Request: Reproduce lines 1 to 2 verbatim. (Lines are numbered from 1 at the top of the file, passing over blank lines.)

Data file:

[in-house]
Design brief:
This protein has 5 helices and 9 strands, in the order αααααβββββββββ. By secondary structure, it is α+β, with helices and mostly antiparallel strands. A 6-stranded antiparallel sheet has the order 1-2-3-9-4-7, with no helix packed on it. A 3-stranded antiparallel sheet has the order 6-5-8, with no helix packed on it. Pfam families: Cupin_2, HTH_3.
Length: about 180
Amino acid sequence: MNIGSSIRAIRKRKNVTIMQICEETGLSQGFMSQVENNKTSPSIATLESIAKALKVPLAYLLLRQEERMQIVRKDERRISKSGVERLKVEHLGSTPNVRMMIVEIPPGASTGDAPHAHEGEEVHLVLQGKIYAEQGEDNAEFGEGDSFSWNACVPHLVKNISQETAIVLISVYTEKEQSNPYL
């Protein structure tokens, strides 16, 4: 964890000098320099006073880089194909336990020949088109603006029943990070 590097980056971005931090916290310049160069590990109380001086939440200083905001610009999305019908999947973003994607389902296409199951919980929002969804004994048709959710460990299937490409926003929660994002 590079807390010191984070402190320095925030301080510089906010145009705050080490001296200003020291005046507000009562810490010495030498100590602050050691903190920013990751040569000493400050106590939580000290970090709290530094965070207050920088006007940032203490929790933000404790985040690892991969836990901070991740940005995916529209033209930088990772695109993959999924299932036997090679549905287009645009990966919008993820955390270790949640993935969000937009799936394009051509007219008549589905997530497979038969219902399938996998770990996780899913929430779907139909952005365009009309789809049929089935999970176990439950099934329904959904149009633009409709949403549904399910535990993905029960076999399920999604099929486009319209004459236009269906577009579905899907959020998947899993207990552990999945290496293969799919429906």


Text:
[in-house]
Design brief: